Minimum Maximum

Table 1 Footnotes

Table 1 Footnote 1

Children and adolescent doses were calculated as a fraction of the adult dose (JC 2008). The use of linden in children and adolescents is supported by the following references: McIntyre 2005; Schilcher 1997; Bove 1996.

Return to Table 1 footnote1 referrer

Table 1 Footnote 2

Adult dose supported by the following references: Hoffmann 2003; Blumenthal et al. 2000; Bradley 1992; Felter and Lloyd 1983[1898].

Return to Table 1 footnote2 referrer

Table 1 Footnote 3

Includes pregnant and breastfeeding women

Return to Table 1 footnote3 referrer

Children 1 2-4 y 0.2 2
Children and adolescents 1 5-9 y 0.4 3
Adolescents 1 10-14 y 0.8 6
Adolescents and adults 1,2,3 ≥ 15 y 1.5 12

Note: See Appendix 1 for examples of appropriate dosage preparations, frequencies of use and directions for use, according to cited references. The purpose of Appendix 1 is to provide guidance to industry.

Duration of use

No statement required.

Risk information

Caution(s) and warning(s)

Consult a health care practitioner prior to use if symptoms persist or worsen.

Contraindication(s)

No statement required.

Known adverse reaction(s)

Hypersensitivity and/or an allergy are known to occur; in which case, discontinue use (Mills and Bone 2005; De Smet 1993).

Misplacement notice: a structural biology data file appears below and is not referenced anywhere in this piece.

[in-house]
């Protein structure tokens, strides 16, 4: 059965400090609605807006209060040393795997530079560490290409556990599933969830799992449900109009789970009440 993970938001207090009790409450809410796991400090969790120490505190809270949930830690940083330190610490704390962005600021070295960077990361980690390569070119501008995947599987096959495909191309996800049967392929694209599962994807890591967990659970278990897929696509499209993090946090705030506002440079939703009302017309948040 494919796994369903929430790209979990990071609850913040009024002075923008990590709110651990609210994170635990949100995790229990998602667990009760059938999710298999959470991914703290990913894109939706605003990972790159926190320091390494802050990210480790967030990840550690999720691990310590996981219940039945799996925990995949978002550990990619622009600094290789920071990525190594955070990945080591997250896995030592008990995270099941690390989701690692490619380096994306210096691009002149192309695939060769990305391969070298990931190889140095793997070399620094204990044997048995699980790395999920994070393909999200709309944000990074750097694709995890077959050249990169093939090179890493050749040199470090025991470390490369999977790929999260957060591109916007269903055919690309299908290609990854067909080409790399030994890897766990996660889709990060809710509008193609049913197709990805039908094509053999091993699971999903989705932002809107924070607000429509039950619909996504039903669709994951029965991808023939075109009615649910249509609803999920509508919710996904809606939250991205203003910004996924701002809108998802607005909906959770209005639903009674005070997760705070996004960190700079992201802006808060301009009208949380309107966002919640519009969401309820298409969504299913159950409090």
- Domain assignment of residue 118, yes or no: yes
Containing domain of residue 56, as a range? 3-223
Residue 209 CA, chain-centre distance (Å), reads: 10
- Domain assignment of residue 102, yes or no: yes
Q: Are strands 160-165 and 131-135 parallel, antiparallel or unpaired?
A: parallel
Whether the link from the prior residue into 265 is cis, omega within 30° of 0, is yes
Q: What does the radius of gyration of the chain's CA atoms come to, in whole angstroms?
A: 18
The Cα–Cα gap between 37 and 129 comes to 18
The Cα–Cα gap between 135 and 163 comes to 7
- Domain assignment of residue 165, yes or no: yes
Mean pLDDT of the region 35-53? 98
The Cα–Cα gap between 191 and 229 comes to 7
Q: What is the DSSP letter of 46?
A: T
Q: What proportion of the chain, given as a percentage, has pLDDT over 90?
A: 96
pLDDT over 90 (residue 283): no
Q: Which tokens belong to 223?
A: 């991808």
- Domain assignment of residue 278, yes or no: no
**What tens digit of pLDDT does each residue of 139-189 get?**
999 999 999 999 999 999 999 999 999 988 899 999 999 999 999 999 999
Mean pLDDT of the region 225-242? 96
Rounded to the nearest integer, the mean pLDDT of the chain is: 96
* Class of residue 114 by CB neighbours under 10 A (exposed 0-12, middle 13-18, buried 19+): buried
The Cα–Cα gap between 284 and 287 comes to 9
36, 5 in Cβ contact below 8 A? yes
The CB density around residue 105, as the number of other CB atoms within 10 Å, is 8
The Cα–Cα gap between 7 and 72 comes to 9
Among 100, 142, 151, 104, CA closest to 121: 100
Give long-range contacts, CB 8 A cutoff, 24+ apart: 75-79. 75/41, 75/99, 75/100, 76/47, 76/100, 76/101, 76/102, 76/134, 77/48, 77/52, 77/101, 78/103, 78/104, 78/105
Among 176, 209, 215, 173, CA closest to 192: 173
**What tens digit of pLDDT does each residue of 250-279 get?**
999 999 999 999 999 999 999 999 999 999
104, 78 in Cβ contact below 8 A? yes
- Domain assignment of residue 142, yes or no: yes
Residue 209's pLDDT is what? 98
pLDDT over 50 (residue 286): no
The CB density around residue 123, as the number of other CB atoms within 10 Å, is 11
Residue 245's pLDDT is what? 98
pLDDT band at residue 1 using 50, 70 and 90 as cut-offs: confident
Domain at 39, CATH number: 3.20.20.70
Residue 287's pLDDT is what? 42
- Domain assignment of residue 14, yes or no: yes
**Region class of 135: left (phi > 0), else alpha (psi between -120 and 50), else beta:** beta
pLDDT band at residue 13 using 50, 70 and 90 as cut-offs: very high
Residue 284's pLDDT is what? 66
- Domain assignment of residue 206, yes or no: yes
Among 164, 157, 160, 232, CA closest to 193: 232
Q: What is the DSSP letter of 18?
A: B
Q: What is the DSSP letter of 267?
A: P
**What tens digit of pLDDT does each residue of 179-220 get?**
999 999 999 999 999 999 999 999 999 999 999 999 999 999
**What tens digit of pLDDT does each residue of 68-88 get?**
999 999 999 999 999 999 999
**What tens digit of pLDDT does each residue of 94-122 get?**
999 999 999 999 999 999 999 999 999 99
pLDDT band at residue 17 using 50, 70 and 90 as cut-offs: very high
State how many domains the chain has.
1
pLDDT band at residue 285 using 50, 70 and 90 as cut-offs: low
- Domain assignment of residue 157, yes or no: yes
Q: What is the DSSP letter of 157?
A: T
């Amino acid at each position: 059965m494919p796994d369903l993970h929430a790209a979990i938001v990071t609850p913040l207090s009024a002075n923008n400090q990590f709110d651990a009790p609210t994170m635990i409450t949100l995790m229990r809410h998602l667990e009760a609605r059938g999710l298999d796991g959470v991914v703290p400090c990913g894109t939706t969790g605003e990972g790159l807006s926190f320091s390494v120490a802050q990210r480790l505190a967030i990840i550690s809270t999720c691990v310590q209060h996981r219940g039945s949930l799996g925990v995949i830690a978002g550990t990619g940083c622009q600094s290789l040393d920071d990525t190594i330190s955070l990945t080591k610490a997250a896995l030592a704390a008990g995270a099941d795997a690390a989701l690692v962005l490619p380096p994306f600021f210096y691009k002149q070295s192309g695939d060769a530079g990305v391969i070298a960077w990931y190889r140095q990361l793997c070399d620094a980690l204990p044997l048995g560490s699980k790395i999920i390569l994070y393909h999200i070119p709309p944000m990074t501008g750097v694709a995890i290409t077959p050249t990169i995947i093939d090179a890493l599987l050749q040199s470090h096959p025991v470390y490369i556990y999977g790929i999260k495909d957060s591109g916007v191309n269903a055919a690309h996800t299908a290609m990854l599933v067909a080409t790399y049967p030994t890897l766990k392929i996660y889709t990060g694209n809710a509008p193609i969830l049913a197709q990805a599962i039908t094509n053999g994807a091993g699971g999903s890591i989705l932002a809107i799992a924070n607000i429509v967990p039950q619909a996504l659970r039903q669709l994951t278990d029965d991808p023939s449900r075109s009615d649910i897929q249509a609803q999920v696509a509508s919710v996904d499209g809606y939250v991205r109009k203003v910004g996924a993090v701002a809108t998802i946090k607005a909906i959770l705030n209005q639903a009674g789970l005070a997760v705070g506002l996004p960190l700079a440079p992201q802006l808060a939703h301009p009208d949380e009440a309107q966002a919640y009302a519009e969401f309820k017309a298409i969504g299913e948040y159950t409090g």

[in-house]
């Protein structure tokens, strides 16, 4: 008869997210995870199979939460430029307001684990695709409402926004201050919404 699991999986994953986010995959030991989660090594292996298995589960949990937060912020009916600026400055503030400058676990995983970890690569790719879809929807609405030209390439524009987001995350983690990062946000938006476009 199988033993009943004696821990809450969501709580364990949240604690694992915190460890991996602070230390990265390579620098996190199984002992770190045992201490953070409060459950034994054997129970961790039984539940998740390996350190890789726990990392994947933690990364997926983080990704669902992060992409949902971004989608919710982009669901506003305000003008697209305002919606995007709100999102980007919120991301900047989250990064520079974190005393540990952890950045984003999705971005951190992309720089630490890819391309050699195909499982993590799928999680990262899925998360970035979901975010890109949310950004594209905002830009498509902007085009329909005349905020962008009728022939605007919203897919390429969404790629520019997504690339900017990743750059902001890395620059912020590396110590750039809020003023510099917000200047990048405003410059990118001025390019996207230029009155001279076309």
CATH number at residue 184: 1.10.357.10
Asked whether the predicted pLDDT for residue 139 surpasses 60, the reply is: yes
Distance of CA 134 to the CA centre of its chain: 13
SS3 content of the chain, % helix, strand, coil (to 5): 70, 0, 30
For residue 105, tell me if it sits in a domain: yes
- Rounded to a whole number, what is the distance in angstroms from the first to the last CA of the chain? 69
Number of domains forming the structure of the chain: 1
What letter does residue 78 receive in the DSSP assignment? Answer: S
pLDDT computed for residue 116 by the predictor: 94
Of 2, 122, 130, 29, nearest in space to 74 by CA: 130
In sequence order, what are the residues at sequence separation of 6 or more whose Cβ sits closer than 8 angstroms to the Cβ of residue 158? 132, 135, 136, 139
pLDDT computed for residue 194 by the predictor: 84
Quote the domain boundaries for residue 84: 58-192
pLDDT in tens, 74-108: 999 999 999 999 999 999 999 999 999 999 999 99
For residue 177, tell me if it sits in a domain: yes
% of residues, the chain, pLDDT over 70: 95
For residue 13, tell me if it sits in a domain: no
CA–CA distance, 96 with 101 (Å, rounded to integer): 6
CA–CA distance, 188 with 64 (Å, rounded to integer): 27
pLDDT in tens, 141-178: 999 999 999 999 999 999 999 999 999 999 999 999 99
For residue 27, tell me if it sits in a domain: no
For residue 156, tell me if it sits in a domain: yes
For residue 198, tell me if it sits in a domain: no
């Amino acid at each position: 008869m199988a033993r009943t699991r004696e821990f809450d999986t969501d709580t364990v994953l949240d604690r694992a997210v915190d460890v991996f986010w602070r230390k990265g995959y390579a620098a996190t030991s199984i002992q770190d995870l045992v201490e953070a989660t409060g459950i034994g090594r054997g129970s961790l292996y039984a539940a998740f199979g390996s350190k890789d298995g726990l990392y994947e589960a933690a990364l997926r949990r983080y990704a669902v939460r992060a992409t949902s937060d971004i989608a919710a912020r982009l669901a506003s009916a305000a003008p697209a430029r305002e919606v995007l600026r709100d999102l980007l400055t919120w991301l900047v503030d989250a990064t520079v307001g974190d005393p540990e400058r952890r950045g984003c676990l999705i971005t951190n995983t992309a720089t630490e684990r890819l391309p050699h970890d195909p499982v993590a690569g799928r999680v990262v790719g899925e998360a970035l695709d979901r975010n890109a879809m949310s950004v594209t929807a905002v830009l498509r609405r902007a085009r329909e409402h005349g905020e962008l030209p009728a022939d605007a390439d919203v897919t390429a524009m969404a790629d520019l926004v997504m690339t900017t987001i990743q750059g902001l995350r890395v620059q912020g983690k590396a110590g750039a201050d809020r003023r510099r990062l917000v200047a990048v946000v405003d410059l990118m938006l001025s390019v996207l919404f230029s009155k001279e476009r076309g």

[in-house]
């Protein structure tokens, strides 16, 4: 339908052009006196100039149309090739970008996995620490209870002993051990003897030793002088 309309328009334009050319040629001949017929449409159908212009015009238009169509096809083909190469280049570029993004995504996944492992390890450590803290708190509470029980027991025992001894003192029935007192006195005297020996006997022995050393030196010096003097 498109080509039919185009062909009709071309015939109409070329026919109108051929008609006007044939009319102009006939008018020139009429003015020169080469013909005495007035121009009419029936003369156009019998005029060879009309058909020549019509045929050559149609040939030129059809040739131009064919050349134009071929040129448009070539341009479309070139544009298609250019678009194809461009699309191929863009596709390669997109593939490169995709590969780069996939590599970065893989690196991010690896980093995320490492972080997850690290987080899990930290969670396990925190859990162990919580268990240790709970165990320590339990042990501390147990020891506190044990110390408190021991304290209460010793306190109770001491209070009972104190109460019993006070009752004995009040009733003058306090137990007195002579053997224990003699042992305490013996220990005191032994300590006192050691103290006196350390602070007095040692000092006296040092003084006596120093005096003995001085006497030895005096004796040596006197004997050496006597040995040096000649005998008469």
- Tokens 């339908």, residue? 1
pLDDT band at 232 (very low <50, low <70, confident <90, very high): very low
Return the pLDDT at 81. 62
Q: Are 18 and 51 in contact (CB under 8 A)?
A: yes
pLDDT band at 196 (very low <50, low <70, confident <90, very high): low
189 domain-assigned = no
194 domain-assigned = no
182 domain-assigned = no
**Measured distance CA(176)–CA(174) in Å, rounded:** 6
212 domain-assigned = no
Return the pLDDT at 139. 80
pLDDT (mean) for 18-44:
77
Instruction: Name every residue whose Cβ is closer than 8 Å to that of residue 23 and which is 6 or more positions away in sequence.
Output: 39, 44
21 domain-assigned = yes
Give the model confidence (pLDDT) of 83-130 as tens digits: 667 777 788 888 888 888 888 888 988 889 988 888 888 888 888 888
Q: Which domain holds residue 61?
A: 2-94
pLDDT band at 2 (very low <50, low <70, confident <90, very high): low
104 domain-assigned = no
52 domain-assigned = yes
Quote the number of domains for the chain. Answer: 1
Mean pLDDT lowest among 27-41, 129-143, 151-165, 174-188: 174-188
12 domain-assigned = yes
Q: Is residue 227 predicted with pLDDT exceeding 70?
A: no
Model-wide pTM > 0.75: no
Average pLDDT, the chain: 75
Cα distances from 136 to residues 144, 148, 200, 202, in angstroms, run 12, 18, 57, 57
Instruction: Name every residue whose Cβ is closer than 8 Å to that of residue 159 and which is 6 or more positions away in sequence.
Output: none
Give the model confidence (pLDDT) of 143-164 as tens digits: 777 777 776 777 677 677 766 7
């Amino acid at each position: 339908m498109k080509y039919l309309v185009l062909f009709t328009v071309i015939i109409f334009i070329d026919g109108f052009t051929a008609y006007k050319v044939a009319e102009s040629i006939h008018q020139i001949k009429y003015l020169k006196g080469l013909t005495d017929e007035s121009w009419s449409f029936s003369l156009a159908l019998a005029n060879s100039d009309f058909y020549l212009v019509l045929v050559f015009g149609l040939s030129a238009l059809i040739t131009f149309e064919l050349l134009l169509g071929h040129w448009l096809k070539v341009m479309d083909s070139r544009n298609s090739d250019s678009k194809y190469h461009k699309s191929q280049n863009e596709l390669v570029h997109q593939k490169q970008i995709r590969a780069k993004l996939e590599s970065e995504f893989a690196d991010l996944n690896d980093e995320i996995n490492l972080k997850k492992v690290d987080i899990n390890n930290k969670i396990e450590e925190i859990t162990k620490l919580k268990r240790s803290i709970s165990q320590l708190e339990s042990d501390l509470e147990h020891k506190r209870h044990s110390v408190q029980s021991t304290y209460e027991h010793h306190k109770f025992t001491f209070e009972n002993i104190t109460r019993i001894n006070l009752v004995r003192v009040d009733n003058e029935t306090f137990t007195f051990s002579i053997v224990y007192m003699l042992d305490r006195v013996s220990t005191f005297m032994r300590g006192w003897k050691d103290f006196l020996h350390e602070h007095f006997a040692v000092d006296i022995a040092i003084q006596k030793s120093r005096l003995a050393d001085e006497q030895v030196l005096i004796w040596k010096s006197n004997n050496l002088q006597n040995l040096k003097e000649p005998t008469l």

Non-medicinal ingredients

Must be chosen from the current Natural Health Products Ingredients Database (NHPID) and must meet the limitations outlined in the database.

Specifications

  • The finished product specifications must be established in accordance with the requirements described in the Natural and Non-prescription Health Products Directorate (NNHPD) Quality of Natural Health Products Guide.
  • The medicinal ingredient must comply with the requirements outlined in the NHPID.

References cited

  • BHP 1996: British Herbal Pharmacopoeia. Bournemouth (UK): British Herbal Medicine Association; 1996.
  • Blumenthal M, Goldberg A, Brinkmann J, editors. Herbal Medicine: Expanded Commission E Monographs. Boston (MA): Integrative Medicine Communications; 2000.
  • Bove M. An Encyclopedia of Natural Healing for Children and Infants. New Canaan (CT): Keats Publishing, Incorporated; 1996.
  • Bradley PR, editor. British Herbal Compendium: A Handbook of Scientific Information on Widely Used Plant Drugs, Volume 1. Bournemouth (UK): British Herbal Medicine Association; 1992.